Proclaiming that the Maalan Aarum/Walam Olum is a forgery may be premature when Oestreicher's references, evidence, and logic are investigated further.
Oestreicher left out of his references two men who had researched the Lenape and their language for many years before him:
George E. Hyde, wrote Indians of the Woodlands, 1962. Hyde used the Maalan Aarum (Walam Olum) and other oral hisgtories to describe the ancient Lenape migration from Canada through Michigan, into Ohio, where they joined the Iroquois to fight the Sioux, and then on to the east coast.
Oestreicher appatenty did not know the ancient Lenape history when he cited Ojibwa, Shawnee, Sioux, and Iroquois loan words as evidence that Rafinesque used any available Indian word to make up a story (#49 p. 8)
A more viable hypothesis for those same loan words is that they were learned by the Lenape during decades of interaction with the named tribes. Thus the Maalan Aarum (Walam Olum) appears to be valid ancient history.
Reider T. Sherwin wrote The Viking and the Red Man in eight voumes from 1940 through 1954. Sherwin, who knew an Old Norse dialect, focused on the Algonquin Language. His eight volumes contain more than 15,000 comparisons between Algonquin "words" and Old Norse phrases. Sherwin believed the Walam Olum was in the Old Norse language, with the title morphed from "Maalan Aarum," meaning "engraved years."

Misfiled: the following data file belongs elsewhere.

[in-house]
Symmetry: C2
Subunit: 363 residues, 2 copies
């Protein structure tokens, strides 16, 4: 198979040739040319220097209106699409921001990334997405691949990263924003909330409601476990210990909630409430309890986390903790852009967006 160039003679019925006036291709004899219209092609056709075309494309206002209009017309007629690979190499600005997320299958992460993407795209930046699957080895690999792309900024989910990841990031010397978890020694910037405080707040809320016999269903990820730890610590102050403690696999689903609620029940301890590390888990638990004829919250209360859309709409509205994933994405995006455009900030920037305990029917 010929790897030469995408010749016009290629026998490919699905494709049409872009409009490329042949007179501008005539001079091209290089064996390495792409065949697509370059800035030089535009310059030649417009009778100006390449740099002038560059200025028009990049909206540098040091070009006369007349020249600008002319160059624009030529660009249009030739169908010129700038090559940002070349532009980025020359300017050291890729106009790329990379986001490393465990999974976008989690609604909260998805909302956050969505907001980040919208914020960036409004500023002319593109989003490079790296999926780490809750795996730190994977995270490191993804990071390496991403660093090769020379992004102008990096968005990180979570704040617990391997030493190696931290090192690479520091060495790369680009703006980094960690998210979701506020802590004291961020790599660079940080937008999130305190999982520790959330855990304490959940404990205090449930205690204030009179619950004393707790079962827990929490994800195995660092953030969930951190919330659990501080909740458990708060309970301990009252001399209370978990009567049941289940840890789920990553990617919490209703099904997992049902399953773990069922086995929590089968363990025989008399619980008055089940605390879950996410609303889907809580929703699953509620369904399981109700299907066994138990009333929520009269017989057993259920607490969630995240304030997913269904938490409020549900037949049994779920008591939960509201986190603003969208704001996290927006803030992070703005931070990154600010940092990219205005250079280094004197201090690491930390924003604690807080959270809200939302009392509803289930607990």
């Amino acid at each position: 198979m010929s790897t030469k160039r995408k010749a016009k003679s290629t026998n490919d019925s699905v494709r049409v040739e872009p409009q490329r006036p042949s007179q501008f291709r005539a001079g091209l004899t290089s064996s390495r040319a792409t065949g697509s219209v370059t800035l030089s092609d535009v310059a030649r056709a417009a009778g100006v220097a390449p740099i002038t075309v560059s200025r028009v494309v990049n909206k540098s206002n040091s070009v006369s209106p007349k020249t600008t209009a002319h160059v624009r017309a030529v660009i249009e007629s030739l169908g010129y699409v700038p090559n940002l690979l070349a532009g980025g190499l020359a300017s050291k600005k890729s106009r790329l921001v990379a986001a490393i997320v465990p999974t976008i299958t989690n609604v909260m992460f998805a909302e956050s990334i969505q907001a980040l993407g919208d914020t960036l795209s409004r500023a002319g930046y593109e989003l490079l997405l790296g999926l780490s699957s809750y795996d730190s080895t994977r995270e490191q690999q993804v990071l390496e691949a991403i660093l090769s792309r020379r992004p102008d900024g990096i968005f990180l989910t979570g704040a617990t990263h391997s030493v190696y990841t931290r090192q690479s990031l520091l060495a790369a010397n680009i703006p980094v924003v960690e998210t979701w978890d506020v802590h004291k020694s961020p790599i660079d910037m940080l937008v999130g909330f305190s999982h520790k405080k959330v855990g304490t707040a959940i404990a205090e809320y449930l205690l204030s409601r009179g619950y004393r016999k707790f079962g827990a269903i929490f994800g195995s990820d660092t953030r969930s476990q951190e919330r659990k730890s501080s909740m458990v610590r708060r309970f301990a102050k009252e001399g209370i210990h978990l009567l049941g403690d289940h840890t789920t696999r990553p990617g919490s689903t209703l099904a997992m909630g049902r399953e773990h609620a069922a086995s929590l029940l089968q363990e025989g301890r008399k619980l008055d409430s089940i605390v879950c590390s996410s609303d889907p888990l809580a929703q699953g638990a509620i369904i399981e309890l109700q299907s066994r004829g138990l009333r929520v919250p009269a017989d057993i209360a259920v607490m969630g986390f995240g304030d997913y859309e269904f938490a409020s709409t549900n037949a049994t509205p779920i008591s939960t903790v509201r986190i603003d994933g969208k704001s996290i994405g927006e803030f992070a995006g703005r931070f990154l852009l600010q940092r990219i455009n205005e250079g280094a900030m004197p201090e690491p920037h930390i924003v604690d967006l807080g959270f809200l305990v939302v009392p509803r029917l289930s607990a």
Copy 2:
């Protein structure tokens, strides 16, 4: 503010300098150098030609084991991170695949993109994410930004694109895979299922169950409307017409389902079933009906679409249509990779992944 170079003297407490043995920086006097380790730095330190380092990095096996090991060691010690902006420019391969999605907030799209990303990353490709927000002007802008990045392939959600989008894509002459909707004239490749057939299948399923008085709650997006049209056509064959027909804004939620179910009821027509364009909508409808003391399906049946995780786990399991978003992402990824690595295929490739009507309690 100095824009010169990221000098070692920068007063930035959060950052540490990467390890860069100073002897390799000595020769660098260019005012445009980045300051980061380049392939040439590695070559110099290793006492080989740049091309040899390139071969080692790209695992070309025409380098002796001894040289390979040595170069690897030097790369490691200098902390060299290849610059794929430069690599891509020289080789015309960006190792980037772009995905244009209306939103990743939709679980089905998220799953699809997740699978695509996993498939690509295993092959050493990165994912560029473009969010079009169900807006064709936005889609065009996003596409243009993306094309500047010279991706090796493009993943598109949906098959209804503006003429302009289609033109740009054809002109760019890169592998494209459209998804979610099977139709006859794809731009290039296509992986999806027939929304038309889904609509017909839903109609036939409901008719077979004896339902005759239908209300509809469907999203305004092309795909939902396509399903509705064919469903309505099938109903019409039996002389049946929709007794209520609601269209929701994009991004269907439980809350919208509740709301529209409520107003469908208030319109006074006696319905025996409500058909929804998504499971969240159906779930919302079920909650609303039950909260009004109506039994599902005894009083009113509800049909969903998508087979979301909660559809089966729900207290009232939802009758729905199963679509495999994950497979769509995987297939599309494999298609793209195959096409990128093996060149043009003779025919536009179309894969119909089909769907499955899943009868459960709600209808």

A reader familiar with Sherwin can observe that Oestricher used modern Lenape definitions to condemn Rafinesque's use of many words. But Old Norse definitions for the same words are strong evidence that Rafinesque was trying to faithfully translate the confusing text he had.
Using Sherwin's comparisons of Algonquin, Old Norse, and English to translate the Maalan Aarum (Walam Olum) was conceived as an independent test of its validity.
Strong positive testimony was found in the first verse of Chapter 3. All the Maalan Aarum (Walam Olum) words could be found in Sherwin's Algonquin listing. The associated Old Norse words sounded similar. The English meaning was similar.